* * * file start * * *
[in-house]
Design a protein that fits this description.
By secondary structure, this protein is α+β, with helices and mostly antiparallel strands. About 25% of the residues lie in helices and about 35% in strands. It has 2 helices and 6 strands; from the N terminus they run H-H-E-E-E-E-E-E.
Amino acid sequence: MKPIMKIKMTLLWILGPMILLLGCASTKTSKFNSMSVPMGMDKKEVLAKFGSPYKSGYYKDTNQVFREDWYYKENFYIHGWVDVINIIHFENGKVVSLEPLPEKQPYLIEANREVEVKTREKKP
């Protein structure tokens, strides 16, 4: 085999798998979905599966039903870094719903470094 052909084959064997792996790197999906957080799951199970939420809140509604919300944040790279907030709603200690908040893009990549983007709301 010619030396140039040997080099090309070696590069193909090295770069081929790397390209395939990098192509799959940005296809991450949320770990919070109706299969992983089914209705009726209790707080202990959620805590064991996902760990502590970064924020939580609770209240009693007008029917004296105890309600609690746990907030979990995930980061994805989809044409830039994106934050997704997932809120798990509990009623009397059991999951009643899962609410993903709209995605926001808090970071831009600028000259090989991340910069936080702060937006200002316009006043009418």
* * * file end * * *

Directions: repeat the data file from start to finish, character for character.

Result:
[in-house]
Design a protein that fits this description.
By secondary structure, this protein is α+β, with helices and mostly antiparallel strands. About 25% of the residues lie in helices and about 35% in strands. It has 2 helices and 6 strands; from the N terminus they run H-H-E-E-E-E-E-E.
Amino acid sequence: MKPIMKIKMTLLWILGPMILLLGCASTKTSKFNSMSVPMGMDKKEVLAKFGSPYKSGYYKDTNQVFREDWYYKENFYIHGWVDVINIIHFENGKVVSLEPLPEKQPYLIEANREVEVKTREKKP
């Protein structure tokens, strides 16, 4: 085999798998979905599966039903870094719903470094 052909084959064997792996790197999906957080799951199970939420809140509604919300944040790279907030709603200690908040893009990549983007709301 010619030396140039040997080099090309070696590069193909090295770069081929790397390209395939990098192509799959940005296809991450949320770990919070109706299969992983089914209705009726209790707080202990959620805590064991996902760990502590970064924020939580609770209240009693007008029917004296105890309600609690746990907030979990995930980061994805989809044409830039994106934050997704997932809120798990509990009623009397059991999951009643899962609410993903709209995605926001808090970071831009600028000259090989991340910069936080702060937006200002316009006043009418």